By CB Adams

Upon first reviewing the selections for the St. Louis Symphony Orchestra’s second performance of the 2022-23 season, it might have seemed like a concert designed by Debbie Downer.

Two of the pieces, Tōru Takemitsu’s “Night Signal” and Qigang Chen’s “L’Éloignement” (The Distancing), are neither well-known nor necessarily upbeat sounding based on their titles. And the better known Mahler work, “Das Lied von der Erde” (“The Song of the Earth”), is an hour-long cycle of six song movements that explore themes and variations on the shuffling off of this mortal coil, i.e., life and death.

But not all first thoughts are best thoughts.

Stéphane Denève, Music Director, and Erik Finley, development partner and the SLSO’s Vice President and General Manager, chose a more sophisticated and ultimately uplifting curation of pieces chosen to be experienced in person in a concert hall. This concert was designed to be both self-contained and part of the overall arc of the entire season – to experience through music the interconnectedness of the world.

To use a twenty-five-cent word: it was polyphony. To quote the Sherman Brothers’ Disneyland boat ride ditty, “It’s a small world after all.” Either way, Denève and SLSO delivered an exquisite performance from first note to last.

The performance began with the brass section standing in a line behind the strings. This arrangement provided a potent visual clue that Takemitsu’s “Night Signal” was about to emit something out of the ordinary. According to The Guardian, “Takemitsu’s understated and crystalline compositions combine elements of his own Japanese traditions with the western modernism he loved so much.” That modernism included American jazz, elements of which are woven into “Night Signal” like “tsuzure-nishiki,” the Japanese term for polychrome tapestry.

“Night Signal” was unusual in another way. At the three-minute mark, a time when listeners are just getting settled into a piece, it was over. It was brief only in duration. It made a complete, minimalist statement unto itself while serving as a fanfare for the pieces that followed. Roger Kaza, principal horn, and the entire horn section rendered the score with a nimbleness and restraint.

The orchestra then settled into place for Qigang Chen’s “L’Éloignement.”  Chen is a Chinese-born French composer whose credits include symphonies, chamber pieces, film scores and songs, including “You and Me,” the theme song for the opening ceremony of the Beijing Olympics (he also served as music director). Moving from “Night Signal” to the string-only “L’Éloignement” was a logically smooth transition into the latter’s bustling, cinematic phrases woven with a touching Chinese folk love song.

“Night Signal” and “L’Éloignement” were clearly selected and sequenced because they share a delicate aesthetic melding for western and eastern influences. These influences were pleasing and expanding in the effects. The pieces were expert choices to demonstrate polyphony at its most subtle and worldliness. And Danny Lee, principal cellist, and Beth Guterman, principal violist, proved in their performances why they deserved to sit at the head of their sections.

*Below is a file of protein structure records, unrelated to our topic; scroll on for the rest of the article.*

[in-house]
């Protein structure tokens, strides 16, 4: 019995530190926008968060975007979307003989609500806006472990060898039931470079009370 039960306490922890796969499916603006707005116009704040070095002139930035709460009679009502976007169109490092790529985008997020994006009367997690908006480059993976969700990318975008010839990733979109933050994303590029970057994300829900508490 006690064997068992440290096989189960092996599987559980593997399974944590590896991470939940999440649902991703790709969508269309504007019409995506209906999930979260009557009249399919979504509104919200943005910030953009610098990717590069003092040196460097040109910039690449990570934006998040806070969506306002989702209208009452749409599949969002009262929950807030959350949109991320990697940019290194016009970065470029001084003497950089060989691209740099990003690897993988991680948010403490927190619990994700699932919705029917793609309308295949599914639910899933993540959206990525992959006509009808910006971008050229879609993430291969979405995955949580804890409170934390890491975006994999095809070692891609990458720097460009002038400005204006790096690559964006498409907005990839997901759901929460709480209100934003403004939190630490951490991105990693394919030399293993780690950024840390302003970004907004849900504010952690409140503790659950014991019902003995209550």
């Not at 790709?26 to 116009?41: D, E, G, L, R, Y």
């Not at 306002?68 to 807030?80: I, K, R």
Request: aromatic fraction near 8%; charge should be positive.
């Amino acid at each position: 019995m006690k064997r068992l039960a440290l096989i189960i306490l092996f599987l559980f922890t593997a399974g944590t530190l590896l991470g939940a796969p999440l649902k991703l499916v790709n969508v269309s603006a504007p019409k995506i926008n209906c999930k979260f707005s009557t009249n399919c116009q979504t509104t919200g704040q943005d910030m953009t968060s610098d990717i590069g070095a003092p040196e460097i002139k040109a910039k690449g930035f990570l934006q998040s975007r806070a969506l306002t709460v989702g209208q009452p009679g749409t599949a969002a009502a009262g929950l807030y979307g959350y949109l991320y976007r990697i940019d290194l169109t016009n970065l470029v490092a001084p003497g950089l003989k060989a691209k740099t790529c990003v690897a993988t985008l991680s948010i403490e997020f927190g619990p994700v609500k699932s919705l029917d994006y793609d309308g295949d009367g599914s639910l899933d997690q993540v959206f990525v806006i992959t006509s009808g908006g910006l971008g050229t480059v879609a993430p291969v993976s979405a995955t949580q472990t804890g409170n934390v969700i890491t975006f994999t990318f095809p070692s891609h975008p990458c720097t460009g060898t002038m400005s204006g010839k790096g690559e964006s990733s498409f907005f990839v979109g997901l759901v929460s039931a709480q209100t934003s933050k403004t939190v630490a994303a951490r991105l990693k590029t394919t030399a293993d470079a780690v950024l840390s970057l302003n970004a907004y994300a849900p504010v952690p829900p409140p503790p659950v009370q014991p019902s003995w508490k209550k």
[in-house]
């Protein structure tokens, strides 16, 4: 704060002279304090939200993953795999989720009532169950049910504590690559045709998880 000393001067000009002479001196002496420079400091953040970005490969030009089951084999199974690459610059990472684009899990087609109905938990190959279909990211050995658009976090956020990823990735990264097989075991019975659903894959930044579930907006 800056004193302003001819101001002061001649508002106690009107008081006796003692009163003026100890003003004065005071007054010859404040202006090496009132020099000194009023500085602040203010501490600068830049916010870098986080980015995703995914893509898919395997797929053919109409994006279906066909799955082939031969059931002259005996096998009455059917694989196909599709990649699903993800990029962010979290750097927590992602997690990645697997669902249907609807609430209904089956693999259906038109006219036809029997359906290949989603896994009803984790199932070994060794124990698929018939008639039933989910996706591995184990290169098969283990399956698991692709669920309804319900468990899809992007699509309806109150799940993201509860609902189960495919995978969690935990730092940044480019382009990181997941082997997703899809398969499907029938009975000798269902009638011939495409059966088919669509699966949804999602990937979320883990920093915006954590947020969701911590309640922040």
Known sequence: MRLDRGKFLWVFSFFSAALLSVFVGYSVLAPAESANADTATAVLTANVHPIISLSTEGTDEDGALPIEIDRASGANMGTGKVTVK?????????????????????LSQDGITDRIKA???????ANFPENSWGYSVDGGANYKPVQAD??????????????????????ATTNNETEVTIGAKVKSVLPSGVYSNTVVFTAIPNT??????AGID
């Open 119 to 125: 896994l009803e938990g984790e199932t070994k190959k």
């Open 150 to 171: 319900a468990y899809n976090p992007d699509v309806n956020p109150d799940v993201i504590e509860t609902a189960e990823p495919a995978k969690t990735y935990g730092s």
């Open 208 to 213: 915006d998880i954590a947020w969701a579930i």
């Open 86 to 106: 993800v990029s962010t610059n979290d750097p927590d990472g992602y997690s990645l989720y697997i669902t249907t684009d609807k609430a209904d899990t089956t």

Many who attended the Sept. 22 or 23 performances probably came for “Das Lied von der Erde,” described by Leonard Bernstein as Mahler’s “greatest symphony.” Such a listy designation may be debatable, but “The Song of the Earth” is almost universally considered Mahler’s most autobiographical work.

It’s a symphonic cycle of six songs for alto and tenor voices and orchestra. Kelley O’Connor, mezzo-soprano, and Clay Hilley (making his SLSO debut), tenor, were the soloists for these performances.

So, what’s this piece got to do with the intermingling of western and eastern musical influences? The answer is not really sonically. It’s somewhat part academic and definitely part Six Degrees of Kevin Bacon. The source material is a bit removed as it was inspired by an anthology of Chinese poems translated into German. This text was further translated into English and projected during the performance. The result was often more Germanic sturm und drang (and drinking), especially during Hilley’s songs.

“’Das Lied von der Erde’” is about loss, grief, memory, disintegration, and, ultimately, transfiguration,” according to Robert Greenberg, a noted historian, composer, pianist and author. And it’s those themes that make a compelling case for including it with the preceding compositions rather than Mahler’s masterful use of eastern pentatonic scales.

Mahler’s “song symphony” is essentially a two-part symphony with six songs that explore the phases of life (songs 1-5) and the transition to death (song 6). O’Connor and Hilley were splendid and powerful in distinctively different ways. They were definitely a study in contrast, with Hilley storming through his songs with operatic passion while O’Connor presented her lyrics with refined, gossamer restraint. This binary approach aligned with – mirrored – the song symphony’s themes of life and death, light and dark, conflict and acceptance.

And it’s that last word – acceptance – that ended the performance so satisfyingly. As O’Connor sang “Der Abschield” (“The Farewell”), her voice led toward the ending that Mahler intended: acceptance of death as well as acceptance of the pairing of these compositions into a cohesive experience.

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